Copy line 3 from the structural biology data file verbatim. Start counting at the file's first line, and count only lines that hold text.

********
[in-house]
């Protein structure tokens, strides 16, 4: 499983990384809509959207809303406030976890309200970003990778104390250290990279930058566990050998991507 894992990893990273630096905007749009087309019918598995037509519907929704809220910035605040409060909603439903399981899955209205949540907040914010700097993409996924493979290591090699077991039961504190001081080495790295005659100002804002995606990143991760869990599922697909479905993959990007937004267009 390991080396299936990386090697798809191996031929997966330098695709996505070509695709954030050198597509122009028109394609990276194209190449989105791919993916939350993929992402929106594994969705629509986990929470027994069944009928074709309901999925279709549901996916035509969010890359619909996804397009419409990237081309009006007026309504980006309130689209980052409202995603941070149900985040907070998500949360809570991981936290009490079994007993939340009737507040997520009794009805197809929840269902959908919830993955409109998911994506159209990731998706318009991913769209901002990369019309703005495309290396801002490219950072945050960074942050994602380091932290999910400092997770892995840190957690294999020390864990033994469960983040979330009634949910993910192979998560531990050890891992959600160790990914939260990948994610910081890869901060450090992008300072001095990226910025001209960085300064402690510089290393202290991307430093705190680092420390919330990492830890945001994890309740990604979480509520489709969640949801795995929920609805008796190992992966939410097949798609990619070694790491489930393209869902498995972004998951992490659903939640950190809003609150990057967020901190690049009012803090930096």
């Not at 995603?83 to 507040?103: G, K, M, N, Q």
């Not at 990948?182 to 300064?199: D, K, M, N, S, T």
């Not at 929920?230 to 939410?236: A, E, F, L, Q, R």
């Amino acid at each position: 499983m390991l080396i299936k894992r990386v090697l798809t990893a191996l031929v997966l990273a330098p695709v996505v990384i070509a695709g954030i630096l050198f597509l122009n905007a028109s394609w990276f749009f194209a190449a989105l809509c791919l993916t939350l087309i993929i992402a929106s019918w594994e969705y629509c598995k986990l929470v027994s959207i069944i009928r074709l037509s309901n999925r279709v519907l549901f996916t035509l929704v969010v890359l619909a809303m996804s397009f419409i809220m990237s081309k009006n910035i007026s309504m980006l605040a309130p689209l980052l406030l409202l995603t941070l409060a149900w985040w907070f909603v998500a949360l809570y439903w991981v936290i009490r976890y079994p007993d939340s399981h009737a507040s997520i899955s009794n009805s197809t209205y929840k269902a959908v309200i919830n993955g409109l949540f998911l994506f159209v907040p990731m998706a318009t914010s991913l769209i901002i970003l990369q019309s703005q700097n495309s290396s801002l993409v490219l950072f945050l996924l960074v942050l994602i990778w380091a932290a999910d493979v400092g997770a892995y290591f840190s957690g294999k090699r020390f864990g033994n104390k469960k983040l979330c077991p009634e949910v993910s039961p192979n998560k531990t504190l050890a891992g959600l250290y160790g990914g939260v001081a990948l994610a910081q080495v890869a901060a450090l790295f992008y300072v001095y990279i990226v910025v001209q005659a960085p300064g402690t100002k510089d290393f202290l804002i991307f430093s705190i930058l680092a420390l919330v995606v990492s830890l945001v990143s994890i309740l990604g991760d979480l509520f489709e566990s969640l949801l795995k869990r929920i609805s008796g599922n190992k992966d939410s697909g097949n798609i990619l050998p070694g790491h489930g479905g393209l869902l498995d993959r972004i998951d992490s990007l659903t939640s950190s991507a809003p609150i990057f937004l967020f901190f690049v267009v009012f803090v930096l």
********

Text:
């Not at 995603?83 to 507040?103: G, K, M, N, Q």